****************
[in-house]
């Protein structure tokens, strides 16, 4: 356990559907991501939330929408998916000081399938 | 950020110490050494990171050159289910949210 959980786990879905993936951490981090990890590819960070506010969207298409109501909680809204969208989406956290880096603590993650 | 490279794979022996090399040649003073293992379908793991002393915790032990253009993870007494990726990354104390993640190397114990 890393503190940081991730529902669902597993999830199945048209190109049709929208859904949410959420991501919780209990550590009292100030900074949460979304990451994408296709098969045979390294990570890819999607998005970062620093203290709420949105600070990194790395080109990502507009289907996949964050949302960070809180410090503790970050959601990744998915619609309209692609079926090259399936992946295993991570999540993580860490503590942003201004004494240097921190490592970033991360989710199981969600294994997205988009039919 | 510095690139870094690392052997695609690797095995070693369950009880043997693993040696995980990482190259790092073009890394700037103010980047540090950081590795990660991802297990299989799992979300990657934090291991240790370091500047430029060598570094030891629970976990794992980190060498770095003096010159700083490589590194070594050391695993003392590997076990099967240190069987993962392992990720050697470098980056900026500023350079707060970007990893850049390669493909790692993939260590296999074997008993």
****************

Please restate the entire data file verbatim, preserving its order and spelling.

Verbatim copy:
[in-house]
């Protein structure tokens, strides 16, 4: 356990559907991501939330929408998916000081399938 | 950020110490050494990171050159289910949210 959980786990879905993936951490981090990890590819960070506010969207298409109501909680809204969208989406956290880096603590993650 | 490279794979022996090399040649003073293992379908793991002393915790032990253009993870007494990726990354104390993640190397114990 890393503190940081991730529902669902597993999830199945048209190109049709929208859904949410959420991501919780209990550590009292100030900074949460979304990451994408296709098969045979390294990570890819999607998005970062620093203290709420949105600070990194790395080109990502507009289907996949964050949302960070809180410090503790970050959601990744998915619609309209692609079926090259399936992946295993991570999540993580860490503590942003201004004494240097921190490592970033991360989710199981969600294994997205988009039919 | 510095690139870094690392052997695609690797095995070693369950009880043997693993040696995980990482190259790092073009890394700037103010980047540090950081590795990660991802297990299989799992979300990657934090291991240790370091500047430029060598570094030891629970976990794992980190060498770095003096010159700083490589590194070594050391695993003392590997076990099967240190069987993962392992990720050697470098980056900026500023350079707060970007990893850049390669493909790692993939260590296999074997008993």